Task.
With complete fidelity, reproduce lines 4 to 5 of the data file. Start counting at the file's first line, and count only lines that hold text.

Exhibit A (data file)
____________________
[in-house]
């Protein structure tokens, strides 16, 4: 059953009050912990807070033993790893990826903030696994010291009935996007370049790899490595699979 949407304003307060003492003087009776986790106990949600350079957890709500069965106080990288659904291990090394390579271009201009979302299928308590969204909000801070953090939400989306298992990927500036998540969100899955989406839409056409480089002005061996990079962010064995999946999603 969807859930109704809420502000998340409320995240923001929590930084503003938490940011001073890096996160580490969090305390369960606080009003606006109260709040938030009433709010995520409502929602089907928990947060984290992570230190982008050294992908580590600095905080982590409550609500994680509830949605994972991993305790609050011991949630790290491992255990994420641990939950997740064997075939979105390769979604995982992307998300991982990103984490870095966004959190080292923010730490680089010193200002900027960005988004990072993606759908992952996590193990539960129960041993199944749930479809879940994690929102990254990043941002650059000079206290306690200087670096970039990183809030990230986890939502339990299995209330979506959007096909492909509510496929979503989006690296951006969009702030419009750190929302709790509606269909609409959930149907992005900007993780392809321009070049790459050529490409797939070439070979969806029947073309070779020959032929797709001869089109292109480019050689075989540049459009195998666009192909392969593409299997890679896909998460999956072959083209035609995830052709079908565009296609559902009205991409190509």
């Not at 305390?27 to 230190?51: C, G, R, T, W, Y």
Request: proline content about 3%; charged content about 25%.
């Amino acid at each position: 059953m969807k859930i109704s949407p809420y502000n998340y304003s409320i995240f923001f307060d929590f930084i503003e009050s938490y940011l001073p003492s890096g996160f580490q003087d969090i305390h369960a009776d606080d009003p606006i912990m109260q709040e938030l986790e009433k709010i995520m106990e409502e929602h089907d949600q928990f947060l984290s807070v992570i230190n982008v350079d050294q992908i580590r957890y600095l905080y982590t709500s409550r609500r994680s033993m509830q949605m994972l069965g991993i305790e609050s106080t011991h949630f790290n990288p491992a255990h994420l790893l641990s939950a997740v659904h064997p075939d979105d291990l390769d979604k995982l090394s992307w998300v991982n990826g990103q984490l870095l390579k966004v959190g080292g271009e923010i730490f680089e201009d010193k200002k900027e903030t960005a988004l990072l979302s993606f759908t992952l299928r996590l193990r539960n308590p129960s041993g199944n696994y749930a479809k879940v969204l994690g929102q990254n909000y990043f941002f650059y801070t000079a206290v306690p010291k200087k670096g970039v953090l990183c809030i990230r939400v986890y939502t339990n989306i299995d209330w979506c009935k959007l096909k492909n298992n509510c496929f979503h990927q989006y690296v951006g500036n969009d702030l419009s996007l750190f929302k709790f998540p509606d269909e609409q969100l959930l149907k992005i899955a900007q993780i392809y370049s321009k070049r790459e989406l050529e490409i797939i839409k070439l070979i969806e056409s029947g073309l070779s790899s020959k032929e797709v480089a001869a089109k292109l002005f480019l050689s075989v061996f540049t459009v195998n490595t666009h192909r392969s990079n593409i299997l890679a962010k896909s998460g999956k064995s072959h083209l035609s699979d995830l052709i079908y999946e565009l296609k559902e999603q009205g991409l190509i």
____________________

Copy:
Request: proline content about 3%; charged content about 25%.
């Amino acid at each position: 059953m969807k859930i109704s949407p809420y502000n998340y304003s409320i995240f923001f307060d929590f930084i503003e009050s938490y940011l001073p003492s890096g996160f580490q003087d969090i305390h369960a009776d606080d009003p606006i912990m109260q709040e938030l986790e009433k709010i995520m106990e409502e929602h089907d949600q928990f947060l984290s807070v992570i230190n982008v350079d050294q992908i580590r957890y600095l905080y982590t709500s409550r609500r994680s033993m509830q949605m994972l069965g991993i305790e609050s106080t011991h949630f790290n990288p491992a255990h994420l790893l641990s939950a997740v659904h064997p075939d979105d291990l390769d979604k995982l090394s992307w998300v991982n990826g990103q984490l870095l390579k966004v959190g080292g271009e923010i730490f680089e201009d010193k200002k900027e903030t960005a988004l990072l979302s993606f759908t992952l299928r996590l193990r539960n308590p129960s041993g199944n696994y749930a479809k879940v969204l994690g929102q990254n909000y990043f941002f650059y801070t000079a206290v306690p010291k200087k670096g970039v953090l990183c809030i990230r939400v986890y939502t339990n989306i299995d209330w979506c009935k959007l096909k492909n298992n509510c496929f979503h990927q989006y690296v951006g500036n969009d702030l419009s996007l750190f929302k709790f998540p509606d269909e609409q969100l959930l149907k992005i899955a900007q993780i392809y370049s321009k070049r790459e989406l050529e490409i797939i839409k070439l070979i969806e056409s029947g073309l070779s790899s020959k032929e797709v480089a001869a089109k292109l002005f480019l050689s075989v061996f540049t459009v195998n490595t666009h192909r392969s990079n593409i299997l890679a962010k896909s998460g999956k064995s072959h083209l035609s699979d995830l052709i079908y999946e565009l296609k559902e999603q009205g991409l190509i």